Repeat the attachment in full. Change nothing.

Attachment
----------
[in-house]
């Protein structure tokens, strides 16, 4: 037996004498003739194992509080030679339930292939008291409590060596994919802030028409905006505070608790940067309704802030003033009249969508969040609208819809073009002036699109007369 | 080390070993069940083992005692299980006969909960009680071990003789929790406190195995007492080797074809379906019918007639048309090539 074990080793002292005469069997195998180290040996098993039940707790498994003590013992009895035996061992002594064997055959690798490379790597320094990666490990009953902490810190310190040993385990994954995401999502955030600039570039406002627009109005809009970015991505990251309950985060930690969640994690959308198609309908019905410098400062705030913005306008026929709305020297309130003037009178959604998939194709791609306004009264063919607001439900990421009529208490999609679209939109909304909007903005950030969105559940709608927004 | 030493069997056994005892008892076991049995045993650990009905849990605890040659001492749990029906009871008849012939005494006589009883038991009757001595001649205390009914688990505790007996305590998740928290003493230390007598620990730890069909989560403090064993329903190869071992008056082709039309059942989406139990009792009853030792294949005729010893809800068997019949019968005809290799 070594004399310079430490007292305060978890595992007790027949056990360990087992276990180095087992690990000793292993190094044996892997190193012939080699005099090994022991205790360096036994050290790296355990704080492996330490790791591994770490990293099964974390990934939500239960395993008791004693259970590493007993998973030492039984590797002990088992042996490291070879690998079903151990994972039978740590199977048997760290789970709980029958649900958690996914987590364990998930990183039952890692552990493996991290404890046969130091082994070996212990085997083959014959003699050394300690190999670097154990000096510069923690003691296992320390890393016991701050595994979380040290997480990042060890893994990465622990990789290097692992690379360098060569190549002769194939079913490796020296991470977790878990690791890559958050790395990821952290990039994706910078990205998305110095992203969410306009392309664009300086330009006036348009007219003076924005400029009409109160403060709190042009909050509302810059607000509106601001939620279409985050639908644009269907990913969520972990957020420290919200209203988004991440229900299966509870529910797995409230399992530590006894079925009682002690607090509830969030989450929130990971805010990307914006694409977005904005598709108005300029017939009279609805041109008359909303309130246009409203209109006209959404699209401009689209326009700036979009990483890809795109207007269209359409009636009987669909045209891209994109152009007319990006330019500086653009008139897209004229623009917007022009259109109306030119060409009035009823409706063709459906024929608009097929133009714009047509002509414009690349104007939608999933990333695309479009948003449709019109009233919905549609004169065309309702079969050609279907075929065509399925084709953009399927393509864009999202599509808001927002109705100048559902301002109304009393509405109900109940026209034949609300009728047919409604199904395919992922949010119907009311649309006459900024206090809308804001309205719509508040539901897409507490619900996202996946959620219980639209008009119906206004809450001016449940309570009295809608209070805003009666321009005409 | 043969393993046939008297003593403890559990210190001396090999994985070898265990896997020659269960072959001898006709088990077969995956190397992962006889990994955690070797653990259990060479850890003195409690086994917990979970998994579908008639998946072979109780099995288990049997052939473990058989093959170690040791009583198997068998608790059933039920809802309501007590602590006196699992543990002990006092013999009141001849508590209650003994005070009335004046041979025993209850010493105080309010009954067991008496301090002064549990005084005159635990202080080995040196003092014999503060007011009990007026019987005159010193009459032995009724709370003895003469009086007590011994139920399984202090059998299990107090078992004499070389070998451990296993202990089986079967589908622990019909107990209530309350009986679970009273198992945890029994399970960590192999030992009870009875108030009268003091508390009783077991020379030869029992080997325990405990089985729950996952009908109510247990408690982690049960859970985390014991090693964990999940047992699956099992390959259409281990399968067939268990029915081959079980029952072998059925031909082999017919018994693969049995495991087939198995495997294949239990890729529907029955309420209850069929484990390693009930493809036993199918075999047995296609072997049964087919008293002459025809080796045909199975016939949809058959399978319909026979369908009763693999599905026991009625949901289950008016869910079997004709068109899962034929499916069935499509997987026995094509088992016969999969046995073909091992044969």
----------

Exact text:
[in-house]
């Protein structure tokens, strides 16, 4: 037996004498003739194992509080030679339930292939008291409590060596994919802030028409905006505070608790940067309704802030003033009249969508969040609208819809073009002036699109007369 | 080390070993069940083992005692299980006969909960009680071990003789929790406190195995007492080797074809379906019918007639048309090539 074990080793002292005469069997195998180290040996098993039940707790498994003590013992009895035996061992002594064997055959690798490379790597320094990666490990009953902490810190310190040993385990994954995401999502955030600039570039406002627009109005809009970015991505990251309950985060930690969640994690959308198609309908019905410098400062705030913005306008026929709305020297309130003037009178959604998939194709791609306004009264063919607001439900990421009529208490999609679209939109909304909007903005950030969105559940709608927004 | 030493069997056994005892008892076991049995045993650990009905849990605890040659001492749990029906009871008849012939005494006589009883038991009757001595001649205390009914688990505790007996305590998740928290003493230390007598620990730890069909989560403090064993329903190869071992008056082709039309059942989406139990009792009853030792294949005729010893809800068997019949019968005809290799 070594004399310079430490007292305060978890595992007790027949056990360990087992276990180095087992690990000793292993190094044996892997190193012939080699005099090994022991205790360096036994050290790296355990704080492996330490790791591994770490990293099964974390990934939500239960395993008791004693259970590493007993998973030492039984590797002990088992042996490291070879690998079903151990994972039978740590199977048997760290789970709980029958649900958690996914987590364990998930990183039952890692552990493996991290404890046969130091082994070996212990085997083959014959003699050394300690190999670097154990000096510069923690003691296992320390890393016991701050595994979380040290997480990042060890893994990465622990990789290097692992690379360098060569190549002769194939079913490796020296991470977790878990690791890559958050790395990821952290990039994706910078990205998305110095992203969410306009392309664009300086330009006036348009007219003076924005400029009409109160403060709190042009909050509302810059607000509106601001939620279409985050639908644009269907990913969520972990957020420290919200209203988004991440229900299966509870529910797995409230399992530590006894079925009682002690607090509830969030989450929130990971805010990307914006694409977005904005598709108005300029017939009279609805041109008359909303309130246009409203209109006209959404699209401009689209326009700036979009990483890809795109207007269209359409009636009987669909045209891209994109152009007319990006330019500086653009008139897209004229623009917007022009259109109306030119060409009035009823409706063709459906024929608009097929133009714009047509002509414009690349104007939608999933990333695309479009948003449709019109009233919905549609004169065309309702079969050609279907075929065509399925084709953009399927393509864009999202599509808001927002109705100048559902301002109304009393509405109900109940026209034949609300009728047919409604199904395919992922949010119907009311649309006459900024206090809308804001309205719509508040539901897409507490619900996202996946959620219980639209008009119906206004809450001016449940309570009295809608209070805003009666321009005409 | 043969393993046939008297003593403890559990210190001396090999994985070898265990896997020659269960072959001898006709088990077969995956190397992962006889990994955690070797653990259990060479850890003195409690086994917990979970998994579908008639998946072979109780099995288990049997052939473990058989093959170690040791009583198997068998608790059933039920809802309501007590602590006196699992543990002990006092013999009141001849508590209650003994005070009335004046041979025993209850010493105080309010009954067991008496301090002064549990005084005159635990202080080995040196003092014999503060007011009990007026019987005159010193009459032995009724709370003895003469009086007590011994139920399984202090059998299990107090078992004499070389070998451990296993202990089986079967589908622990019909107990209530309350009986679970009273198992945890029994399970960590192999030992009870009875108030009268003091508390009783077991020379030869029992080997325990405990089985729950996952009908109510247990408690982690049960859970985390014991090693964990999940047992699956099992390959259409281990399968067939268990029915081959079980029952072998059925031909082999017919018994693969049995495991087939198995495997294949239990890729529907029955309420209850069929484990390693009930493809036993199918075999047995296609072997049964087919008293002459025809080796045909199975016939949809058959399978319909026979369908009763693999599905026991009625949901289950008016869910079997004709068109899962034929499916069935499509997987026995094509088992016969999969046995073909091992044969």